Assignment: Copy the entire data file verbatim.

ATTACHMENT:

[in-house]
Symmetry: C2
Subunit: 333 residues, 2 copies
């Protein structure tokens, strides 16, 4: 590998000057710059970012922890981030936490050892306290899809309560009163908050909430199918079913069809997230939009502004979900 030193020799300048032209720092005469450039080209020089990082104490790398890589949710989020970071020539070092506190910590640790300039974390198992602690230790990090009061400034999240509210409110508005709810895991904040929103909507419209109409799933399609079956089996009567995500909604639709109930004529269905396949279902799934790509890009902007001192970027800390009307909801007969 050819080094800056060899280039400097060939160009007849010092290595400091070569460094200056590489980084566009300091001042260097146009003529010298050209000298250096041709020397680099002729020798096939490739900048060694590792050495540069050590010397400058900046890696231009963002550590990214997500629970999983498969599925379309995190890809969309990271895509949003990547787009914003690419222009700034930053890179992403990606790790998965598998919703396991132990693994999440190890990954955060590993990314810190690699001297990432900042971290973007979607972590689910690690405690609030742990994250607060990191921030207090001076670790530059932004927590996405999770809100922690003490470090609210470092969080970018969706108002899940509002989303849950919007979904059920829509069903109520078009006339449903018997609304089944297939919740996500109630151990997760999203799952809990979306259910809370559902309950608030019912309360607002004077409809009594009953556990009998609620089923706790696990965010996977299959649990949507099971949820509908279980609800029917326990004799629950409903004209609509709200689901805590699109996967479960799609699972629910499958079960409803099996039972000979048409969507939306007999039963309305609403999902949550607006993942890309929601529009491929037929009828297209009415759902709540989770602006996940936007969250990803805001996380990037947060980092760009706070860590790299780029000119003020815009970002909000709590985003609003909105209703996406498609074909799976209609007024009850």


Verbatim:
[in-house]
Symmetry: C2
Subunit: 333 residues, 2 copies
């Protein structure tokens, strides 16, 4: 590998000057710059970012922890981030936490050892306290899809309560009163908050909430199918079913069809997230939009502004979900 030193020799300048032209720092005469450039080209020089990082104490790398890589949710989020970071020539070092506190910590640790300039974390198992602690230790990090009061400034999240509210409110508005709810895991904040929103909507419209109409799933399609079956089996009567995500909604639709109930004529269905396949279902799934790509890009902007001192970027800390009307909801007969 050819080094800056060899280039400097060939160009007849010092290595400091070569460094200056590489980084566009300091001042260097146009003529010298050209000298250096041709020397680099002729020798096939490739900048060694590792050495540069050590010397400058900046890696231009963002550590990214997500629970999983498969599925379309995190890809969309990271895509949003990547787009914003690419222009700034930053890179992403990606790790998965598998919703396991132990693994999440190890990954955060590993990314810190690699001297990432900042971290973007979607972590689910690690405690609030742990994250607060990191921030207090001076670790530059932004927590996405999770809100922690003490470090609210470092969080970018969706108002899940509002989303849950919007979904059920829509069903109520078009006339449903018997609304089944297939919740996500109630151990997760999203799952809990979306259910809370559902309950608030019912309360607002004077409809009594009953556990009998609620089923706790696990965010996977299959649990949507099971949820509908279980609800029917326990004799629950409903004209609509709200689901805590699109996967479960799609699972629910499958079960409803099996039972000979048409969507939306007999039963309305609403999902949550607006993942890309929601529009491929037929009828297209009415759902709540989770602006996940936007969250990803805001996380990037947060980092760009706070860590790299780029000119003020815009970002909000709590985003609003909105209703996406498609074909799976209609007024009850």